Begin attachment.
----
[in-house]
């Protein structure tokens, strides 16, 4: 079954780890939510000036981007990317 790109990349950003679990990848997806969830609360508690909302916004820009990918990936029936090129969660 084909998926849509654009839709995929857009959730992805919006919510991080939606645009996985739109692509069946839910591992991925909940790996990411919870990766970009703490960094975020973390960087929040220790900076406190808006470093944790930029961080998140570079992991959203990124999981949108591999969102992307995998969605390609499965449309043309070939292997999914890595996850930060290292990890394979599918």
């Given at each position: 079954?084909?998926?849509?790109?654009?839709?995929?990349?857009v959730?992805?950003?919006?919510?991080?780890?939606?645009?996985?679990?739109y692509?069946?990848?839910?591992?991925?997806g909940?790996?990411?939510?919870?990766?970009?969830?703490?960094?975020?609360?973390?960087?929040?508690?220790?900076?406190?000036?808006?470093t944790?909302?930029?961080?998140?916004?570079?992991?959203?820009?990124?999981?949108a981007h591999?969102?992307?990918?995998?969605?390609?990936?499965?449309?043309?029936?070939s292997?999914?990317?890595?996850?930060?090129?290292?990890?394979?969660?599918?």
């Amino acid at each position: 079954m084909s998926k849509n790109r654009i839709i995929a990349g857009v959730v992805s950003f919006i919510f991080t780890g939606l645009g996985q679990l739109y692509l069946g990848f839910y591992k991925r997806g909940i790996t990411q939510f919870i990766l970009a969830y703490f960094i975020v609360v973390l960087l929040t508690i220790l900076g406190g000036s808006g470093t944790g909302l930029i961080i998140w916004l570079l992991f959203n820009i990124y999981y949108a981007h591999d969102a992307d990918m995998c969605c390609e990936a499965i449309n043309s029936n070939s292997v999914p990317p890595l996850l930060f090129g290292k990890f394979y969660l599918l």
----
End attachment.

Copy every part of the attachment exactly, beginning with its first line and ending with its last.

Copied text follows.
[in-house]
């Protein structure tokens, strides 16, 4: 079954780890939510000036981007990317 790109990349950003679990990848997806969830609360508690909302916004820009990918990936029936090129969660 084909998926849509654009839709995929857009959730992805919006919510991080939606645009996985739109692509069946839910591992991925909940790996990411919870990766970009703490960094975020973390960087929040220790900076406190808006470093944790930029961080998140570079992991959203990124999981949108591999969102992307995998969605390609499965449309043309070939292997999914890595996850930060290292990890394979599918």
């Given at each position: 079954?084909?998926?849509?790109?654009?839709?995929?990349?857009v959730?992805?950003?919006?919510?991080?780890?939606?645009?996985?679990?739109y692509?069946?990848?839910?591992?991925?997806g909940?790996?990411?939510?919870?990766?970009?969830?703490?960094?975020?609360?973390?960087?929040?508690?220790?900076?406190?000036?808006?470093t944790?909302?930029?961080?998140?916004?570079?992991?959203?820009?990124?999981?949108a981007h591999?969102?992307?990918?995998?969605?390609?990936?499965?449309?043309?029936?070939s292997?999914?990317?890595?996850?930060?090129?290292?990890?394979?969660?599918?």
């Amino acid at each position: 079954m084909s998926k849509n790109r654009i839709i995929a990349g857009v959730v992805s950003f919006i919510f991080t780890g939606l645009g996985q679990l739109y692509l069946g990848f839910y591992k991925r997806g909940i790996t990411q939510f919870i990766l970009a969830y703490f960094i975020v609360v973390l960087l929040t508690i220790l900076g406190g000036s808006g470093t944790g909302l930029i961080i998140w916004l570079l992991f959203n820009i990124y999981y949108a981007h591999d969102a992307d990918m995998c969605c390609e990936a499965i449309n043309s029936n070939s292997v999914p990317p890595l996850l930060f090129g290292k990890f394979y969660l599918l």